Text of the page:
Physics at ECU
While much of the research conducted in the Department of Physics at ECU is focused on the physics associated with biological phenomena and medicine, other important fields are also represented, including statistical physics, bioacoustics, high energy physics, and physics education, as well as atomic, molecular, radiation, and optical physics.
Over the last three hundred years, biological cells have been studied on ever smaller scales. Much of biology and medicine became the domain of molecular physics with the discovery of deoxyribonucleic acid (DNA) and proteins more than 50 years ago. The field of biophysics has consequently grown at a rapid pace. In this tradition, Nathan Hudson seeks to understand how mechanical forces affect the way biological molecules behave. One goal of his research is to discover how the action of proteins stops the bleeding of a wound. On a different biological front, John Kenney is using various imaging methods and spectroscopic techniques to determine how the molecular structure of spider silk—which has exceptional mechanical properties—could lead to novel engineering applications.
Merging biology, medicine, and optics, Xin-Hua Hu and Jun Lu in the Biomedical Laser Laboratory conduct multidisciplinary research in biomedical optics. Their efforts are focused on understanding how biological cells interact with light. One of the long term goals of their research, for example, is to develop a device that shines light on a cell and then “sees” whether the cell is cancerous or not. On a related front, Yongqing Li of the Biomedical Optics Laboratory traps cells, spores, or viruses in a laser beam with the goal of manipulating or examining them. The underlying aim of his research is to better identify and understand biological samples and processes at microscopic scales.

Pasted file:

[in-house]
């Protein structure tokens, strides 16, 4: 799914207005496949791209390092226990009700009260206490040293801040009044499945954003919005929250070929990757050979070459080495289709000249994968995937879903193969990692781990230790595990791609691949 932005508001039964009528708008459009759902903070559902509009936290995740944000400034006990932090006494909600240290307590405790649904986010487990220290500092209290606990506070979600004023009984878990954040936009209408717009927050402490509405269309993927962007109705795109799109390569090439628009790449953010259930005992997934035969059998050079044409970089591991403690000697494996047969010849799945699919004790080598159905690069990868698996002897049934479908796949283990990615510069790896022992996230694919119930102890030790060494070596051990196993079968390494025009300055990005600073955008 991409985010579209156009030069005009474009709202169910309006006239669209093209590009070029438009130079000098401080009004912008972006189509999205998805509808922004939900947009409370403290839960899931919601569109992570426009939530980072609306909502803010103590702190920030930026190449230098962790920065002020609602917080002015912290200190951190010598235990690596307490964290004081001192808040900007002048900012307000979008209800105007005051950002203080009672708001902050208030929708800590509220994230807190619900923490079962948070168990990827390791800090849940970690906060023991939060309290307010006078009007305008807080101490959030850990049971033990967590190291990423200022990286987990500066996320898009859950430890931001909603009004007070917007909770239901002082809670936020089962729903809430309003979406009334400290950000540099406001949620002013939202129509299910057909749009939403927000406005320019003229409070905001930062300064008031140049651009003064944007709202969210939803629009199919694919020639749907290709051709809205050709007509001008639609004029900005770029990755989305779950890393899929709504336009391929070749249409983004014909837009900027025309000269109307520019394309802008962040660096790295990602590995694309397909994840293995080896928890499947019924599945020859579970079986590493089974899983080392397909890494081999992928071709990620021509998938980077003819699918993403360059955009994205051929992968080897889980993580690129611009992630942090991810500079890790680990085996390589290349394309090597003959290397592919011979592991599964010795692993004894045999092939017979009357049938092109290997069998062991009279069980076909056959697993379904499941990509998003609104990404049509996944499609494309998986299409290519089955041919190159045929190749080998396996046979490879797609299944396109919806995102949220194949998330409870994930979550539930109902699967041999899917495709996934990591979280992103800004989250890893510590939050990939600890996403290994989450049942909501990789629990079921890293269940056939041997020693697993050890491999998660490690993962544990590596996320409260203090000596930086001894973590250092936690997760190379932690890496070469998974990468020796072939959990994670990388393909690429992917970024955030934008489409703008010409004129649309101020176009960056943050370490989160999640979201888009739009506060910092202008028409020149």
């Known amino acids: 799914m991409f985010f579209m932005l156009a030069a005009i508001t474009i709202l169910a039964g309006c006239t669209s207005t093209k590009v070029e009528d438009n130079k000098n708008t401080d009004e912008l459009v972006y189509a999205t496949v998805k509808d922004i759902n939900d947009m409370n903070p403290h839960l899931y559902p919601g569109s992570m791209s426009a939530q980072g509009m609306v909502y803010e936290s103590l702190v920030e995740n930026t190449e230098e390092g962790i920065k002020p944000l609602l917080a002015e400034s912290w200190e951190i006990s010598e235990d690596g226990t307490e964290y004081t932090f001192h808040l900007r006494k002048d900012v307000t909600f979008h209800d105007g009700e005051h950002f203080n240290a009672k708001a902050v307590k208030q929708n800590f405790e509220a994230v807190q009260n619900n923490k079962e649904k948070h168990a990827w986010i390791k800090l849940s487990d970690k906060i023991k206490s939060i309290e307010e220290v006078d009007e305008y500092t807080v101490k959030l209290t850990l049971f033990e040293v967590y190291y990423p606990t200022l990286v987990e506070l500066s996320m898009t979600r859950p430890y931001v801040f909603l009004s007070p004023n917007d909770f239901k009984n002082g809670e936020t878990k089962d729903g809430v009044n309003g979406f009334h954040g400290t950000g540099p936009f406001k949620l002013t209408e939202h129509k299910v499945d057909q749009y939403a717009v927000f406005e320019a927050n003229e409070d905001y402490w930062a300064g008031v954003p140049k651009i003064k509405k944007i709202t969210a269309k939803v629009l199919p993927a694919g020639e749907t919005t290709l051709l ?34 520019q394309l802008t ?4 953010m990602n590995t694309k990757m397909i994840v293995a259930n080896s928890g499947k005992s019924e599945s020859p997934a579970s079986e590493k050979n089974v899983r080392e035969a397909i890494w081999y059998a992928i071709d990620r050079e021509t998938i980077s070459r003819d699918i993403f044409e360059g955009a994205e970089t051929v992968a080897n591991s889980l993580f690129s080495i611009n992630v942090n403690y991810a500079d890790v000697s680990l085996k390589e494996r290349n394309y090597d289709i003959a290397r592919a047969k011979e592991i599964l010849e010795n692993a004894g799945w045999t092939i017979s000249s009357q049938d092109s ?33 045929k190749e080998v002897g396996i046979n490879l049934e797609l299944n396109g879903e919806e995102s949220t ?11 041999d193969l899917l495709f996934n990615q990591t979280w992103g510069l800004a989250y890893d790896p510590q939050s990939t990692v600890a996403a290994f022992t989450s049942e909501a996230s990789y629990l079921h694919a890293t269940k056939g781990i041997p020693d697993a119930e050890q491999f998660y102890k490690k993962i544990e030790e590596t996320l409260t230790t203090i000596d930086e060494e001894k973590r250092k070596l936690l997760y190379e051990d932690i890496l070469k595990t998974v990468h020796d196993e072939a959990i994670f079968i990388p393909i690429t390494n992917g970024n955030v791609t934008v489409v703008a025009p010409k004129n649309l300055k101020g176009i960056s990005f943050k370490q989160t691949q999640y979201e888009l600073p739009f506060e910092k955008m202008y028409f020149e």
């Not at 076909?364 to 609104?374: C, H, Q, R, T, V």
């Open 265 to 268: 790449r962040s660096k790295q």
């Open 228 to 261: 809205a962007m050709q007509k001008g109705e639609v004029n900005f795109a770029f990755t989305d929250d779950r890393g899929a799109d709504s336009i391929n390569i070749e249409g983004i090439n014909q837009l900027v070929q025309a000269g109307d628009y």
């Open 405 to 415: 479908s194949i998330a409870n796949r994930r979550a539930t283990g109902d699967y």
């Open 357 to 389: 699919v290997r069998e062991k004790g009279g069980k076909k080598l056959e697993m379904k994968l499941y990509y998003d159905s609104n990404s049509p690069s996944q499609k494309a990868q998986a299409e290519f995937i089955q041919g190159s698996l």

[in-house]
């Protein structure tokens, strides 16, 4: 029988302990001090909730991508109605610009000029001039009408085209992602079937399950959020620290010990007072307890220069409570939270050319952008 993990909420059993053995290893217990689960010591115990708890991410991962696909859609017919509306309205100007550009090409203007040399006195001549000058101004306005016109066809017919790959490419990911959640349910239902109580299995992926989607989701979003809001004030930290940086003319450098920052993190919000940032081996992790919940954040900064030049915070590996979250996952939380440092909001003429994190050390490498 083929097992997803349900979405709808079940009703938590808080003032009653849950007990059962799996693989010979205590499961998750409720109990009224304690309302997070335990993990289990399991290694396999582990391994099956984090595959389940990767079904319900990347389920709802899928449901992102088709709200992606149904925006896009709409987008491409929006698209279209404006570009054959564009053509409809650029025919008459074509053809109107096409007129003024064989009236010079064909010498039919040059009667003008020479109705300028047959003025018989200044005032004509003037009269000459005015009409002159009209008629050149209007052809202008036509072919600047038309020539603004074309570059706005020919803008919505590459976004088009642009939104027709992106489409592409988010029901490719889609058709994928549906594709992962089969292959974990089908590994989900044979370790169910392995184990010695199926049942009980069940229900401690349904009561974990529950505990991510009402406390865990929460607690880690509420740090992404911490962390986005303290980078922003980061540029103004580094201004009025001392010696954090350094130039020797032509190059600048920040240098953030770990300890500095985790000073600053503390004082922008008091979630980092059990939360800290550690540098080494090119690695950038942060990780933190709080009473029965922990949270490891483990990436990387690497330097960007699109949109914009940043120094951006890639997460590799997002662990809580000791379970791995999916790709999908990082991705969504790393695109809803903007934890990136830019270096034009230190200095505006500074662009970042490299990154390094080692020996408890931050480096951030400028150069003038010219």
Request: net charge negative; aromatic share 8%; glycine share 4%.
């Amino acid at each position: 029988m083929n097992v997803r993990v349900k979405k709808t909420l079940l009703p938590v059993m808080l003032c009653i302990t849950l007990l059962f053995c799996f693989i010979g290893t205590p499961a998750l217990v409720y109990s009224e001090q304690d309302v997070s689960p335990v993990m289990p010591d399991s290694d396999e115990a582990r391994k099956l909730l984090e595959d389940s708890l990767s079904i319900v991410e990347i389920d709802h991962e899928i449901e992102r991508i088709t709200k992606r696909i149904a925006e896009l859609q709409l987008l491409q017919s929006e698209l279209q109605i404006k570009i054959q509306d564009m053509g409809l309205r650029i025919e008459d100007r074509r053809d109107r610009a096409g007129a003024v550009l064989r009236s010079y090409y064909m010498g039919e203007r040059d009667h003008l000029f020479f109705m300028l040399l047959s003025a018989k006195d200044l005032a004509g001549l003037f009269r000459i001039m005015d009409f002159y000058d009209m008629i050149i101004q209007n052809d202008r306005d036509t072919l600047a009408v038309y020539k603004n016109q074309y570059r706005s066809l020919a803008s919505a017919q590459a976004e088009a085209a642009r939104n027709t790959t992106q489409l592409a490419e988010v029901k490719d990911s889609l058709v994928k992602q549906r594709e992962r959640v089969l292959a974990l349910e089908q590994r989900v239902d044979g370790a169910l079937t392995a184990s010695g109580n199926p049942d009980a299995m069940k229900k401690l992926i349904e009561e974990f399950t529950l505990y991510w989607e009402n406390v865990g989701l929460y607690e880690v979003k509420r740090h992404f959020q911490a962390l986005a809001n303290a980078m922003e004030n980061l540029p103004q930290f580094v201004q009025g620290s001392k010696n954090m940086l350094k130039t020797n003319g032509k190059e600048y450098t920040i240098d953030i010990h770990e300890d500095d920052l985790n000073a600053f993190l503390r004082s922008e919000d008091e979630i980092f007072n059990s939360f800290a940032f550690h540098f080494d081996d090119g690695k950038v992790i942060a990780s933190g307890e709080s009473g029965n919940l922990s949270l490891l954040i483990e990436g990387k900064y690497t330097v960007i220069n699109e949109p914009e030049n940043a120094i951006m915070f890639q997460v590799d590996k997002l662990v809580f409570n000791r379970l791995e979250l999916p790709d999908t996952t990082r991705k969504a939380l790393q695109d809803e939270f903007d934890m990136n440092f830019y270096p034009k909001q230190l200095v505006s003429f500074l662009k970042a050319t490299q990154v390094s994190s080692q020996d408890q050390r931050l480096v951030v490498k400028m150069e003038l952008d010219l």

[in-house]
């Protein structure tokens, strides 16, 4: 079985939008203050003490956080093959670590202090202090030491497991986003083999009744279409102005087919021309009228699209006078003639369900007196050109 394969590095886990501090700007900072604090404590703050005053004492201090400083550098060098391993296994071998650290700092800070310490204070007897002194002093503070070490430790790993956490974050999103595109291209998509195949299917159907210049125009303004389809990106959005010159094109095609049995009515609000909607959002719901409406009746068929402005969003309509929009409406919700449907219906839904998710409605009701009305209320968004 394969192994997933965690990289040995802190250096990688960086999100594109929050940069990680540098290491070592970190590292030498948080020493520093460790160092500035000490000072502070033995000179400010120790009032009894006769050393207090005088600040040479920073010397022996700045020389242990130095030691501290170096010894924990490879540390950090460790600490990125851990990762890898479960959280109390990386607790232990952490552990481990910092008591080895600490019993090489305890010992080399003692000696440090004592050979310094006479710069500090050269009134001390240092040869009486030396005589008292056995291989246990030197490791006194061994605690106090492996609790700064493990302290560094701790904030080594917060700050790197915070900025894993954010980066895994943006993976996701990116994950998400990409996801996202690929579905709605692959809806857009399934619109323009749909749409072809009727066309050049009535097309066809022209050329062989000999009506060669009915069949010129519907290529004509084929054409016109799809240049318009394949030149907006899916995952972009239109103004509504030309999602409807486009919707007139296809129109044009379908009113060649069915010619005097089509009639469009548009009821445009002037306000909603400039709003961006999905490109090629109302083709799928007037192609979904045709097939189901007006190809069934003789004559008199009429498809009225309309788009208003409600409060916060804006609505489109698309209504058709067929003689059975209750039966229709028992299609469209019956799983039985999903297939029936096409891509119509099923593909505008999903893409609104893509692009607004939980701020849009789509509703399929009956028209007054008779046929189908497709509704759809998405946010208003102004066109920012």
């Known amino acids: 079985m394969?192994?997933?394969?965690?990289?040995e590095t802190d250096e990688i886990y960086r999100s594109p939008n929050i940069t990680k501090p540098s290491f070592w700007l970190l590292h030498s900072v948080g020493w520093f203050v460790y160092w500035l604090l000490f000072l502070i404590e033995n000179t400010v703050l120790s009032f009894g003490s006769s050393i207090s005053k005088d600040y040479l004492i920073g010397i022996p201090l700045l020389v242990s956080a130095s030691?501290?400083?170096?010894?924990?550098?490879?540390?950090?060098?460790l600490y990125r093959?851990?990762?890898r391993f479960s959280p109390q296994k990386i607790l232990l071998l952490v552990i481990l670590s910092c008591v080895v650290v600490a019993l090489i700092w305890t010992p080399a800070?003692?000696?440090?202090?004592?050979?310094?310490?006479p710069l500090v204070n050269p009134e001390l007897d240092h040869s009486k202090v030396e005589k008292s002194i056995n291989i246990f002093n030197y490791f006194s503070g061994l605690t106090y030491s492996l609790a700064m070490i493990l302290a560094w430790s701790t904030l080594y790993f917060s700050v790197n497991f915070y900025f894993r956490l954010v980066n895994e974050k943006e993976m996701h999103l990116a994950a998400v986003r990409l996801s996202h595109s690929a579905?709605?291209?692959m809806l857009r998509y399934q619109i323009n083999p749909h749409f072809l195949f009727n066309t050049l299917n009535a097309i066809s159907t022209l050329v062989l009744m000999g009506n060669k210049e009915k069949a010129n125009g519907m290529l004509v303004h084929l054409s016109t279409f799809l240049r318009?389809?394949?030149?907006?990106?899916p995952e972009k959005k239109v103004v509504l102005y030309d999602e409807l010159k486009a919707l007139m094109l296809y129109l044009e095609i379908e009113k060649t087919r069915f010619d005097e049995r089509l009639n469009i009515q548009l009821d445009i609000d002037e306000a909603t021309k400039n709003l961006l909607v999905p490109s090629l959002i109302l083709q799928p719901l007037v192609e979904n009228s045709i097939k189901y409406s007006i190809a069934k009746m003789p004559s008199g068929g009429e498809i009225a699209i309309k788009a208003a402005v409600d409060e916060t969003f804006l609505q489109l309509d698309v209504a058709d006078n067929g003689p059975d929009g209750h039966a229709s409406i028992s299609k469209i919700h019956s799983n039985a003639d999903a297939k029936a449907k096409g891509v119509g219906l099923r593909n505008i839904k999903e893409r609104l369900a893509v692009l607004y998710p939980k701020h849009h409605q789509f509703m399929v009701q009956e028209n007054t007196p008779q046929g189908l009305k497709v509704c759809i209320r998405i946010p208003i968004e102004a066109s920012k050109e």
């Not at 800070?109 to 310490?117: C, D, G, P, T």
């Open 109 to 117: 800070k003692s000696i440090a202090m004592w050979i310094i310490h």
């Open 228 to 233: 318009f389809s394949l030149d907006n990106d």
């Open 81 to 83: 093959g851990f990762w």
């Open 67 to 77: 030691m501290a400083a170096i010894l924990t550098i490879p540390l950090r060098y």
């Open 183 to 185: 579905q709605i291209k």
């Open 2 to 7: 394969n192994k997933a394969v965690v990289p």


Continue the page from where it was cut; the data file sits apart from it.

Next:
Juan Beltran-Huarac is devoted to understanding the interaction between nanomaterials and tumor microenvironments in exogenous magnetic fields with the goal of treating cancer more effectively in a non-invasive manner. He leads the Magnetic Formulations and Bionanotechnology Laboratory, where contrast agents for magnetic resonance imaging (MRI) are developed. Overall, his research group aims to demonstrate the value of new technologies in magnetic cancer treatment.
Francis Manno uses MRI to examine three distinct interrelated fields: hearing loss, environmental enrichment, and Alzheimer’s disease. In hearing loss, the aim of his research is to ascertain covariates (variables that affect a response variable) which may reduce the severity of hearing loss across the lifespan. Some of these variables are linked to environmental enrichment. Lastly, Alzheimer’s disease is known to be confounded by hearing loss. His research group uses MRI-defined phenotypes to reveal features that can ameliorate disease.
In statistical physics, researchers seek to determine how atomic scale interactions lead to phenomena like boiling point, magnetism, or elasticity. The methods of statistical physics have been used to understand many biological systems, or complex systems in general. To this end, Martin Bier seeks to understand how, for example, a viral disease propagates through a population.